A great and kind-of hidden benefit is that modern search engines while very smart are also orders of magnitude more adept at searching (and cricually indexing and ranking content that is fully text based), so if you want to eventually publish your work on the web and maximize the discoverability that the internet offers then right now an old fashioned fully text based document is your best bet.

Another benefit is that the conversion process often removes some elements and meta-information from the document that can result in smaller files. Both PDFs and Word documents have version history and all other kinds of data that is used by machines and not necessarily humans but Word documents do tend to take less space overall. In fact certain PDFs that may have been created from scanned “image-only” PDF files may have both an image layer and a text layer representing the exact same text based information, in which case if the meaning inside the text is all one cares about then converting to a purely text based format like a Word document is a clear benefit with no downsides.

To finish things off, Word documents are overall very convenient and useful. Yes, in theory PDFs are just better but that 20 year old software that your bank, or insurance company uses might just require a Word document. In which case you have no choice but to use a PDF to word converter to avoid having to mindlessly retype your document.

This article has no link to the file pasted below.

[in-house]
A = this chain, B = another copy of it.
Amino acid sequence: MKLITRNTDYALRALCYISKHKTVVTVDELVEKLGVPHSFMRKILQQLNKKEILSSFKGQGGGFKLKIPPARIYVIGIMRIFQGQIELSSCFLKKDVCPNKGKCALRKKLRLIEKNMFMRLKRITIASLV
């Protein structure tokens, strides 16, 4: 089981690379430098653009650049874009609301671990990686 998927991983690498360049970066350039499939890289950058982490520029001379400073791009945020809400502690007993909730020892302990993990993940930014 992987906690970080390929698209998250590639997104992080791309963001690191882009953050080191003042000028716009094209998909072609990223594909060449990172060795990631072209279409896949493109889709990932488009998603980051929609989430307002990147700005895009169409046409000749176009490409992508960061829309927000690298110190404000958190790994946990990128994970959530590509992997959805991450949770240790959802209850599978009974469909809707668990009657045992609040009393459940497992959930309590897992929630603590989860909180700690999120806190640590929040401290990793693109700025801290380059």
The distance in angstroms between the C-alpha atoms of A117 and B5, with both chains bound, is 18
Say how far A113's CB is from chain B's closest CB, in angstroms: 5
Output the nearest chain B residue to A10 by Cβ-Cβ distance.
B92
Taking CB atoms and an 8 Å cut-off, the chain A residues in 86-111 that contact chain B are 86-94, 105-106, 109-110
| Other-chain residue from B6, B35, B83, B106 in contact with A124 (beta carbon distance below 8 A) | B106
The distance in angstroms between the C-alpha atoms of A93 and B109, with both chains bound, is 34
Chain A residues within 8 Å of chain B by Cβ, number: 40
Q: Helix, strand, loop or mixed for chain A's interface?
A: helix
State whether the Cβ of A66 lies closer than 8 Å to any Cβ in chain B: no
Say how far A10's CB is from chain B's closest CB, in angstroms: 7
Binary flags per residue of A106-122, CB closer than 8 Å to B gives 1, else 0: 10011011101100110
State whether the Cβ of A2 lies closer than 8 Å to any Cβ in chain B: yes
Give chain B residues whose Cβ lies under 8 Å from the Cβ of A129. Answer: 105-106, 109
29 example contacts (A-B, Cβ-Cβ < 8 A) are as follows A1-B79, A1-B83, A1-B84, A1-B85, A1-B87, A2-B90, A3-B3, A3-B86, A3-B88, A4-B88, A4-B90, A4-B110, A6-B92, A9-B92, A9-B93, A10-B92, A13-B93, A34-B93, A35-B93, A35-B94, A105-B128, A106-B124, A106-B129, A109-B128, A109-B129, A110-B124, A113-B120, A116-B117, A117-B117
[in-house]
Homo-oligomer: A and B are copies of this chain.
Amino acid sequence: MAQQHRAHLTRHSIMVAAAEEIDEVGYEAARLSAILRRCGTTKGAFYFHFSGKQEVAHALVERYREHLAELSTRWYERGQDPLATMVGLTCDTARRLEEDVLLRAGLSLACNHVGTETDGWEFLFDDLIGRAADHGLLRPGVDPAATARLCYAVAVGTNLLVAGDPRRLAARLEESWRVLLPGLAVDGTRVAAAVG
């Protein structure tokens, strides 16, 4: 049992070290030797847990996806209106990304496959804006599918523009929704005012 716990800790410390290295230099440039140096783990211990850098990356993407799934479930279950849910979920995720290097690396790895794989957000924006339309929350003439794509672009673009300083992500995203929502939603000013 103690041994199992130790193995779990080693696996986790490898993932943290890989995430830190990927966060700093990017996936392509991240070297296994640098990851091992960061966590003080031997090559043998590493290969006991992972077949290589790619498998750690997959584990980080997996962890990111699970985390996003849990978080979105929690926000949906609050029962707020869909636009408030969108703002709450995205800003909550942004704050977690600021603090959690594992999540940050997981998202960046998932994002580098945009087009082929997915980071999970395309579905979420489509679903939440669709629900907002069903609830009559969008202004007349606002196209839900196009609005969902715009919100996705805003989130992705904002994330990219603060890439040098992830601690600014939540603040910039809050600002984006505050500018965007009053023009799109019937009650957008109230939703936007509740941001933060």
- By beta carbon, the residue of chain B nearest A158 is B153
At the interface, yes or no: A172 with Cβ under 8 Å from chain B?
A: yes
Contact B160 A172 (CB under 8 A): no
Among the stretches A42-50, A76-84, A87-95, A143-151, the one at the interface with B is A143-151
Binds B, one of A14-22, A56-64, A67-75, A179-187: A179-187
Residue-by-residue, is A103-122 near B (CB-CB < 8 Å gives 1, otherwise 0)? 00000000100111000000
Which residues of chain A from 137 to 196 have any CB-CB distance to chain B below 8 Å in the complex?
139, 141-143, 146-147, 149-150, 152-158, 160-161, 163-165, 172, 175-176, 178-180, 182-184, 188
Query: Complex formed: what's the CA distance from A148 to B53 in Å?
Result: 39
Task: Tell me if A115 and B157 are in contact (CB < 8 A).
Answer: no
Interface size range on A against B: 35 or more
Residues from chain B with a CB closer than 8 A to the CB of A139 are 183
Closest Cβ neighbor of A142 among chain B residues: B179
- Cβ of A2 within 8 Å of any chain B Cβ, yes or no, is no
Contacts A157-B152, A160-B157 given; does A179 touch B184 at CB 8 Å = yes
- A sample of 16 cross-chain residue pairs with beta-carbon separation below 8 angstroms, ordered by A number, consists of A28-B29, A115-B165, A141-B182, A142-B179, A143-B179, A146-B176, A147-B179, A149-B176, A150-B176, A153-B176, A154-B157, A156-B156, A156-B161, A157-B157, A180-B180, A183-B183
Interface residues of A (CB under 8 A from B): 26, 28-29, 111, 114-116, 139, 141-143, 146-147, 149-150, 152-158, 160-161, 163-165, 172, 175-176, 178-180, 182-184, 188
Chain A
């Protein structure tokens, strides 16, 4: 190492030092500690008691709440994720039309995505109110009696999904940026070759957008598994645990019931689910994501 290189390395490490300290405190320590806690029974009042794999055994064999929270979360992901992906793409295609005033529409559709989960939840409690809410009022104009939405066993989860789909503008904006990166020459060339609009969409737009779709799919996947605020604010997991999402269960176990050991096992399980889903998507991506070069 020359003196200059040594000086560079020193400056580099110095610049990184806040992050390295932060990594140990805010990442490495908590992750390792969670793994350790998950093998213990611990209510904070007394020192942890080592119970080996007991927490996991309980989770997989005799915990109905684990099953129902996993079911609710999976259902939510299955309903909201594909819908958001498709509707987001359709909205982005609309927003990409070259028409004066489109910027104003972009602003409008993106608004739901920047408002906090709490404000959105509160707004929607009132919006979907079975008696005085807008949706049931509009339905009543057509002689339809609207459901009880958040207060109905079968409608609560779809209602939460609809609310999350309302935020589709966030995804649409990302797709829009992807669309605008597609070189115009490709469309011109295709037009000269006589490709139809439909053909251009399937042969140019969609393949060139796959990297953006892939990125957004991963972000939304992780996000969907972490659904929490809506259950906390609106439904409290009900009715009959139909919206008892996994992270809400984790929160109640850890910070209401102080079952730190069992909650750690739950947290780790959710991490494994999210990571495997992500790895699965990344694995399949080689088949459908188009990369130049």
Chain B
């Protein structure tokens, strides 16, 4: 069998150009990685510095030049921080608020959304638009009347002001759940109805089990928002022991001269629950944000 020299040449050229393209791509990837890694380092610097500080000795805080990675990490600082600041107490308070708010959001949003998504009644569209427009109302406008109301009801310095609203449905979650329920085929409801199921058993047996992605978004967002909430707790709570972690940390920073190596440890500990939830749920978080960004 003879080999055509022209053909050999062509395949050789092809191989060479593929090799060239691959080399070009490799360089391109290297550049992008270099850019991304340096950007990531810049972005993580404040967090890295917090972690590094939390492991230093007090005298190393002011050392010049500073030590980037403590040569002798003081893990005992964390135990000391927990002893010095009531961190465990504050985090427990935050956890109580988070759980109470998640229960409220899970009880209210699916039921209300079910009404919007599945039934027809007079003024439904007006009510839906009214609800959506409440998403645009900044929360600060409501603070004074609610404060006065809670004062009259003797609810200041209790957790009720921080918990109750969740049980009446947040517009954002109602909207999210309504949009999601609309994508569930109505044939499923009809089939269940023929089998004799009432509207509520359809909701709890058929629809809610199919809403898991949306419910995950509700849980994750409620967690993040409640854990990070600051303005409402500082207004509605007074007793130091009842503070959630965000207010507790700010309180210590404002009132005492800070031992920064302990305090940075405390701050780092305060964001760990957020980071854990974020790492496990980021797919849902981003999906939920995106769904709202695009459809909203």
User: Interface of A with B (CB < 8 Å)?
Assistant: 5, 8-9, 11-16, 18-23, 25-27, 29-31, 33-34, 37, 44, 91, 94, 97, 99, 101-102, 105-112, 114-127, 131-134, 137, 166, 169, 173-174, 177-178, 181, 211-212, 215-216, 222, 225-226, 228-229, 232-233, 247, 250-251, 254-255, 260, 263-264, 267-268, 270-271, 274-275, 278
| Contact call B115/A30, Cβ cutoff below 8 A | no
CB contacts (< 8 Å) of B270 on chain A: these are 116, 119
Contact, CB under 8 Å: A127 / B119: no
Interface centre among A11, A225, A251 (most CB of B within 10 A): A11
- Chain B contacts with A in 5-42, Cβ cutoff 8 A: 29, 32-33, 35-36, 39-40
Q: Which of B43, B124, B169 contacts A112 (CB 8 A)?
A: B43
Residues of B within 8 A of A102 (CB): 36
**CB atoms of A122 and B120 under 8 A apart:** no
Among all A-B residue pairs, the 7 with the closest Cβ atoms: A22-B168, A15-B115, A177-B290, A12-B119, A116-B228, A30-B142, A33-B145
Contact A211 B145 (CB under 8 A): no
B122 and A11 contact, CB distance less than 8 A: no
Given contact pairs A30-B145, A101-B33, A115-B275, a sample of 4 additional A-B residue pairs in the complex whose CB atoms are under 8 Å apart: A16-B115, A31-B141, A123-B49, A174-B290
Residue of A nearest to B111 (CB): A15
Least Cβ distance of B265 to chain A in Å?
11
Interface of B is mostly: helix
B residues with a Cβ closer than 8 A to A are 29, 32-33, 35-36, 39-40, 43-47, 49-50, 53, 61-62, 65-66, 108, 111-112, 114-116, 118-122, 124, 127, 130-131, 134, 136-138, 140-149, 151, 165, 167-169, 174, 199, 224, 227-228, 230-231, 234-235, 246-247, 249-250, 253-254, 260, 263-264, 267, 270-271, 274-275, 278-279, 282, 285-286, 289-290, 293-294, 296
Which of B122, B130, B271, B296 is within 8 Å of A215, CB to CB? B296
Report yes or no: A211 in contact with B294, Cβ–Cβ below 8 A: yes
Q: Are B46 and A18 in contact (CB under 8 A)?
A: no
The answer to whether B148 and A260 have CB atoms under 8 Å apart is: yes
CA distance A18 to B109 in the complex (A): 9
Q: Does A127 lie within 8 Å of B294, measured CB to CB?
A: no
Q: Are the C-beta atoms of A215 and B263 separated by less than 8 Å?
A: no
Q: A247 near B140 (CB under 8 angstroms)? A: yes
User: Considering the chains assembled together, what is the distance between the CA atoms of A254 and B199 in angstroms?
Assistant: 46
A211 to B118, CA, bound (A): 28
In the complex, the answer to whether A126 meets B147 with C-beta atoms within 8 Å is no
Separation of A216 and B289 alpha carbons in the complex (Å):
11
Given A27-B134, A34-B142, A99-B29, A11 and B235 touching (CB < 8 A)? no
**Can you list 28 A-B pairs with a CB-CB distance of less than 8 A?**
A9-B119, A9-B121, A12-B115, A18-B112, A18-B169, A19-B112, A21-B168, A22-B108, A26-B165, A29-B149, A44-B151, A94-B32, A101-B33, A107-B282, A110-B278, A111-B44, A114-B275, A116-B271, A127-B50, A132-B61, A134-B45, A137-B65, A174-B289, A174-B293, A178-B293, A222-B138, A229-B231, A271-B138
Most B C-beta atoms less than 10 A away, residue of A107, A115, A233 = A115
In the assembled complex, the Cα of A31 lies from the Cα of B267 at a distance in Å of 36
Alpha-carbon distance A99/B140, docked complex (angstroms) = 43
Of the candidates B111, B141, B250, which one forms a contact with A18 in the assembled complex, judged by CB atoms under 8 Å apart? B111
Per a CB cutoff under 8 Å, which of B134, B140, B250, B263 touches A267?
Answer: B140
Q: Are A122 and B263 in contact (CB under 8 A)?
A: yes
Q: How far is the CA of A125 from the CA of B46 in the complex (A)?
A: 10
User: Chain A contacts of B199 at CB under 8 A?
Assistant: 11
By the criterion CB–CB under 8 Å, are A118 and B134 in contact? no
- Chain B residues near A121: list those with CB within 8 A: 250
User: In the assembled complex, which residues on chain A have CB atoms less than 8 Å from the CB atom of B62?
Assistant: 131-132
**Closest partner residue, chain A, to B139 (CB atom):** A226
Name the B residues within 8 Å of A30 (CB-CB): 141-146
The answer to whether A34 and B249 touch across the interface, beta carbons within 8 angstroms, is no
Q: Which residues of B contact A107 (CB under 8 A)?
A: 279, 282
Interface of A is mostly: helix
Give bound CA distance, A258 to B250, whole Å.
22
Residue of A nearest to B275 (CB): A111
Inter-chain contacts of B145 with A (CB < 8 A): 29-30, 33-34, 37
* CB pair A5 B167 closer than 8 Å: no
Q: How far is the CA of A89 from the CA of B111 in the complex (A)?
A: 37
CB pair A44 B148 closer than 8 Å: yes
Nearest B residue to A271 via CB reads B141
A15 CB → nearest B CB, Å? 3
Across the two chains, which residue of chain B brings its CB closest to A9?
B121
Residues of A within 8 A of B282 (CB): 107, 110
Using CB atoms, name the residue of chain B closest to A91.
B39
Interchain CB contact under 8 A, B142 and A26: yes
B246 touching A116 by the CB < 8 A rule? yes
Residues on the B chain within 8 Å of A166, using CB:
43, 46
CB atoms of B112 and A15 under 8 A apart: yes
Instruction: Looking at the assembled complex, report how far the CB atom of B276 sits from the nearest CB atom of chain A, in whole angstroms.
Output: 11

How to convert a PDF to word - step by step guide

In fact converting your PDF file into a Word document has never been easier or more hassle free. The only thing you need to do is get PDF Extra from https://pdfextra.com/and you can begin:

1. Immediately after opening the app you will be presented with the “Home Screen”. To open a file you can click Open or use CTRL + O.

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2.  Chose your PDF file (hint: we also support creating the file for you from an image, scanner or even from one of our supported office documents: Word, Excel, Powerpoint)

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3. Click Export to Word

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4. Choose the spoken language that the text inside the PDF is (English, German, French etc). We default to English and you can choose up to 3 languages present in the PDF file. Confirm with Apply.

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5. After a few seconds you will be prompted to save your new Word file. You can even immediately open it up in OfficeSuiteto begin searching, editing and much more. And if you need to email it https://www.officesuite.com/en/mailgot you covered.

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6. Done!

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That’s it. You just successfully converted a file from PDF to Word and even learned something about the formats and converting as a whole.

Why converting PDF to Word should be done with PDF Extra

PDF extra uses a combination of OCR (optical character recognition) and traditional conversion methods in order to extract the information from the PDF file and convert it to a Word document. Getting a sort of “best of both worlds” approach that works wonders for almost all files.